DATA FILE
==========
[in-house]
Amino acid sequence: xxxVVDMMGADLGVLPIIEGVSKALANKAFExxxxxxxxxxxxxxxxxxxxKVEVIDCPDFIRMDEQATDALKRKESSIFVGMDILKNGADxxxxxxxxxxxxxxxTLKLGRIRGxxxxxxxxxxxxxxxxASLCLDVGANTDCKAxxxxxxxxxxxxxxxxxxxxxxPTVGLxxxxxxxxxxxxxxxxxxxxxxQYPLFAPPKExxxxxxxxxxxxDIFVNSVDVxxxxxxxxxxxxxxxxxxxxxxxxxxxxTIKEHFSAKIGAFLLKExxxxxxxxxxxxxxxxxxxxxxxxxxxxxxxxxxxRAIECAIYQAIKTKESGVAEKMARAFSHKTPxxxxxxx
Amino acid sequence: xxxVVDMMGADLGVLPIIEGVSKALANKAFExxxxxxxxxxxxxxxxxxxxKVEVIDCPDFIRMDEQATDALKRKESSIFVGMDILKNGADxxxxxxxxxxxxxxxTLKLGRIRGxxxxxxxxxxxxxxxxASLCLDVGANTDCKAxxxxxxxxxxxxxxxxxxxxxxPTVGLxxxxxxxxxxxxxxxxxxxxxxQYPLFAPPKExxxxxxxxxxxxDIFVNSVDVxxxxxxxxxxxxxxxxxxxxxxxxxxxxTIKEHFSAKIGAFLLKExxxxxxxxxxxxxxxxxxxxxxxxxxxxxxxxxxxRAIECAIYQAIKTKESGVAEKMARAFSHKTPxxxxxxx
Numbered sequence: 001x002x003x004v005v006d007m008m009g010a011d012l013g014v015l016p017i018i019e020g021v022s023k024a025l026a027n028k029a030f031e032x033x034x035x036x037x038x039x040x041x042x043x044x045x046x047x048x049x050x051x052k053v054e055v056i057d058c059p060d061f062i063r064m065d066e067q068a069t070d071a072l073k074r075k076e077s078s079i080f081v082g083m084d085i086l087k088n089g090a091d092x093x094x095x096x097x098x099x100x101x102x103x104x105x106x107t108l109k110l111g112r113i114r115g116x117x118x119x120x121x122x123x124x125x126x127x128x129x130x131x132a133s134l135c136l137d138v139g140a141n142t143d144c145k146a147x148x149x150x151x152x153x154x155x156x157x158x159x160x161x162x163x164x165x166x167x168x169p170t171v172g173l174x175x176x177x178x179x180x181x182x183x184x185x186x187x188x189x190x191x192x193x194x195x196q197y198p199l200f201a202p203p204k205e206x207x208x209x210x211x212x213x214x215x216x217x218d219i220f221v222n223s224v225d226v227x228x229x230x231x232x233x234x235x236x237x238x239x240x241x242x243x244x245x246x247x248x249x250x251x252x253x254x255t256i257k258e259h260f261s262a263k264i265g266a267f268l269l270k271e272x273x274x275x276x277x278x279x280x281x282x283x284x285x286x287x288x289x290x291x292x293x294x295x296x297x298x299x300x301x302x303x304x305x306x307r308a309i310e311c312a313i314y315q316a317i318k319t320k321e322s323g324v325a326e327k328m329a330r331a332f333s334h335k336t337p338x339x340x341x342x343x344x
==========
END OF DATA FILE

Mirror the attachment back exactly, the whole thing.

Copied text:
[in-house]
Amino acid sequence: xxxVVDMMGADLGVLPIIEGVSKALANKAFExxxxxxxxxxxxxxxxxxxxKVEVIDCPDFIRMDEQATDALKRKESSIFVGMDILKNGADxxxxxxxxxxxxxxxTLKLGRIRGxxxxxxxxxxxxxxxxASLCLDVGANTDCKAxxxxxxxxxxxxxxxxxxxxxxPTVGLxxxxxxxxxxxxxxxxxxxxxxQYPLFAPPKExxxxxxxxxxxxDIFVNSVDVxxxxxxxxxxxxxxxxxxxxxxxxxxxxTIKEHFSAKIGAFLLKExxxxxxxxxxxxxxxxxxxxxxxxxxxxxxxxxxxRAIECAIYQAIKTKESGVAEKMARAFSHKTPxxxxxxx
Amino acid sequence: xxxVVDMMGADLGVLPIIEGVSKALANKAFExxxxxxxxxxxxxxxxxxxxKVEVIDCPDFIRMDEQATDALKRKESSIFVGMDILKNGADxxxxxxxxxxxxxxxTLKLGRIRGxxxxxxxxxxxxxxxxASLCLDVGANTDCKAxxxxxxxxxxxxxxxxxxxxxxPTVGLxxxxxxxxxxxxxxxxxxxxxxQYPLFAPPKExxxxxxxxxxxxDIFVNSVDVxxxxxxxxxxxxxxxxxxxxxxxxxxxxTIKEHFSAKIGAFLLKExxxxxxxxxxxxxxxxxxxxxxxxxxxxxxxxxxxRAIECAIYQAIKTKESGVAEKMARAFSHKTPxxxxxxx
Numbered sequence: 001x002x003x004v005v006d007m008m009g010a011d012l013g014v015l016p017i018i019e020g021v022s023k024a025l026a027n028k029a030f031e032x033x034x035x036x037x038x039x040x041x042x043x044x045x046x047x048x049x050x051x052k053v054e055v056i057d058c059p060d061f062i063r064m065d066e067q068a069t070d071a072l073k074r075k076e077s078s079i080f081v082g083m084d085i086l087k088n089g090a091d092x093x094x095x096x097x098x099x100x101x102x103x104x105x106x107t108l109k110l111g112r113i114r115g116x117x118x119x120x121x122x123x124x125x126x127x128x129x130x131x132a133s134l135c136l137d138v139g140a141n142t143d144c145k146a147x148x149x150x151x152x153x154x155x156x157x158x159x160x161x162x163x164x165x166x167x168x169p170t171v172g173l174x175x176x177x178x179x180x181x182x183x184x185x186x187x188x189x190x191x192x193x194x195x196q197y198p199l200f201a202p203p204k205e206x207x208x209x210x211x212x213x214x215x216x217x218d219i220f221v222n223s224v225d226v227x228x229x230x231x232x233x234x235x236x237x238x239x240x241x242x243x244x245x246x247x248x249x250x251x252x253x254x255t256i257k258e259h260f261s262a263k264i265g266a267f268l269l270k271e272x273x274x275x276x277x278x279x280x281x282x283x284x285x286x287x288x289x290x291x292x293x294x295x296x297x298x299x300x301x302x303x304x305x306x307r308a309i310e311c312a313i314y315q316a317i318k319t320k321e322s323g324v325a326e327k328m329a330r331a332f333s334h335k336t337p338x339x340x341x342x343x344x